If you work for Apple, Ford, Nestlé, Caterpillar, Liberty Mutual or Motorola, your retirement funds may be at risk. Learn more about how you can help protect your money.
What's Going On?
Attorneys working with ClassAction.org are investigating whether these employees are getting charged excessive fees in connection with their 401(k)s.
Is There Any Proof of Wrongdoing?
No – this is still an investigation. That being said, the attorneys are sufficiently suspicious about the way these 401(k)s are being handled and feel their suspicion warrants further investigation.
If you work for any of the following companies and have a 401(k) plan through your job, an attorney may be able to help you.
Attorneys believe that employees of these companies may be getting charged excessive fees in connection with their 401(k) plans.
How Could I Have Been Charged Excessive Fees?
It’s suspected that this is happening when employees opt to receive outside investment advice through their plan or make use of a brokerage window. (A brokerage window allows plan participants to invest in mutual funds other than the ones included in the plan’s designated list.)
It is believed that, in some cases, plan participants are being charged fees that are higher than the law permits. As a result, they may be unknowingly losing money, which can have a significant effect on their 401(k)s over time.
Outside Investment Advice
It’s possible that you took an option that allows for an outside fiduciary to provide advice for your plan. Attorneys are looking for workers who specifically opted to “upgrade” their plans to retain the services of a company called Financial Engines.
You may or may not be aware whether your plan includes this option or even retains Financial Engines’ services. That’s why attorneys working with ClassAction.org want to speak to any employee of Apple, Nestlé, Ford, Caterpillar, Liberty Mutual or Motorola who has a 401(k) plan to go over their statements together.
What Could Be Wrong with Receiving Outside Investment Advice?
There’s nothing wrong with it in theory – and many plans offer this as an option. While the primary managers and fiduciaries of a company’s 401(k) plan (including recordkeepers and other service providers) may manage the plans’ investments, employees opting for extra advice could be getting it from yet another third party. This is where the potential problem arises.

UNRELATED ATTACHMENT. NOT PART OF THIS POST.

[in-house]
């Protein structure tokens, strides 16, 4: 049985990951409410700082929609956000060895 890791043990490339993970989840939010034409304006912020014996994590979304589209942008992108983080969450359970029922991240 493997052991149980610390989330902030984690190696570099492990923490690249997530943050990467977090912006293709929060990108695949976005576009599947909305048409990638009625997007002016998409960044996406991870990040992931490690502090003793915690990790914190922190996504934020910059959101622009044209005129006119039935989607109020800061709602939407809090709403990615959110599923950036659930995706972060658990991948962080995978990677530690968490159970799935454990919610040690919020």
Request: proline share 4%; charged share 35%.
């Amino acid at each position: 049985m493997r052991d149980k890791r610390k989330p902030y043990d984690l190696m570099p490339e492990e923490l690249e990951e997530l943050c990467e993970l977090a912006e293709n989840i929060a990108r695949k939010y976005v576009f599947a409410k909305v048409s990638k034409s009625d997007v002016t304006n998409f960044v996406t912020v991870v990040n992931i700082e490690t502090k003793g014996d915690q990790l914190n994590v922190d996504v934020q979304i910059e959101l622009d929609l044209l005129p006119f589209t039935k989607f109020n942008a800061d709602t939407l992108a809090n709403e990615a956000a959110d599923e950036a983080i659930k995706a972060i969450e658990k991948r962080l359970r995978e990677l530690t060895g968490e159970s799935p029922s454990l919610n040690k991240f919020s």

It is believed that in passing off this advisory work to other people and entities, namely Financial Engines, the 401(k) fiduciaries are still collecting a fee for work that they’re not performing. In essence, they’re double-dipping and getting paid out of employees’ retirement funds for doing nothing – and this, under federal law, is illegal.
You may have also elected to invest your retirement funds through a “brokerage window” provided by your 401(k) plan. A brokerage window allows you to invest in mutual funds that are not included among your plan’s designated investment alternatives.
What Could Be Wrong with Using a Brokerage Window?
It is believed these outside parties are electing to include higher cost shares, even when lower cost shares are generally available. As a result, plan participants are getting charged a higher fee than they should for investments made through brokerage windows.
How Would I Know That I’m Being Overcharged?
Unfortunately, most 401(k) plan participants won’t be able to tell whether the fees they’re getting charged are excessive. That’s why the attorneys working with ClassAction.org are offering employees a chance to go over their 401(k) statements together.
These attorneys have been handling lawsuits on behalf of 401(k) participants for years and can identify certain hallmarks of malfeasance. In fact, they recently filed lawsuits against major organizations on behalf of 401(k) plan participants who they suspected weren’t having their funds managed properly.